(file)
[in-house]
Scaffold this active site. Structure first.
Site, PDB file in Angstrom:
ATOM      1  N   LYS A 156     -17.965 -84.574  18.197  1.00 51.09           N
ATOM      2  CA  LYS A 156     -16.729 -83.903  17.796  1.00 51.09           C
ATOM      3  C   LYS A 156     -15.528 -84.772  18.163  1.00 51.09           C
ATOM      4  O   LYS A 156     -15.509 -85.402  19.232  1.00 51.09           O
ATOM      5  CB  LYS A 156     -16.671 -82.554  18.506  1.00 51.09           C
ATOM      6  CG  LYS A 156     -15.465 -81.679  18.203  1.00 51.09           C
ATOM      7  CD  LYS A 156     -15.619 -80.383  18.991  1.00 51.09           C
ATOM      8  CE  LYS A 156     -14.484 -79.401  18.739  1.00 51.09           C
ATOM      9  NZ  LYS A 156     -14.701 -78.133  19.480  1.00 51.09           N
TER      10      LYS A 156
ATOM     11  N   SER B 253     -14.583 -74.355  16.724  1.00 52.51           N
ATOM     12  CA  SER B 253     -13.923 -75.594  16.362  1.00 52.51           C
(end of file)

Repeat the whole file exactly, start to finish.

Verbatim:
[in-house]
Scaffold this active site. Structure first.
Site, PDB file in Angstrom:
ATOM      1  N   LYS A 156     -17.965 -84.574  18.197  1.00 51.09           N
ATOM      2  CA  LYS A 156     -16.729 -83.903  17.796  1.00 51.09           C
ATOM      3  C   LYS A 156     -15.528 -84.772  18.163  1.00 51.09           C
ATOM      4  O   LYS A 156     -15.509 -85.402  19.232  1.00 51.09           O
ATOM      5  CB  LYS A 156     -16.671 -82.554  18.506  1.00 51.09           C
ATOM      6  CG  LYS A 156     -15.465 -81.679  18.203  1.00 51.09           C
ATOM      7  CD  LYS A 156     -15.619 -80.383  18.991  1.00 51.09           C
ATOM      8  CE  LYS A 156     -14.484 -79.401  18.739  1.00 51.09           C
ATOM      9  NZ  LYS A 156     -14.701 -78.133  19.480  1.00 51.09           N
TER      10      LYS A 156
ATOM     11  N   SER B 253     -14.583 -74.355  16.724  1.00 52.51           N
ATOM     12  CA  SER B 253     -13.923 -75.594  16.362  1.00 52.51           C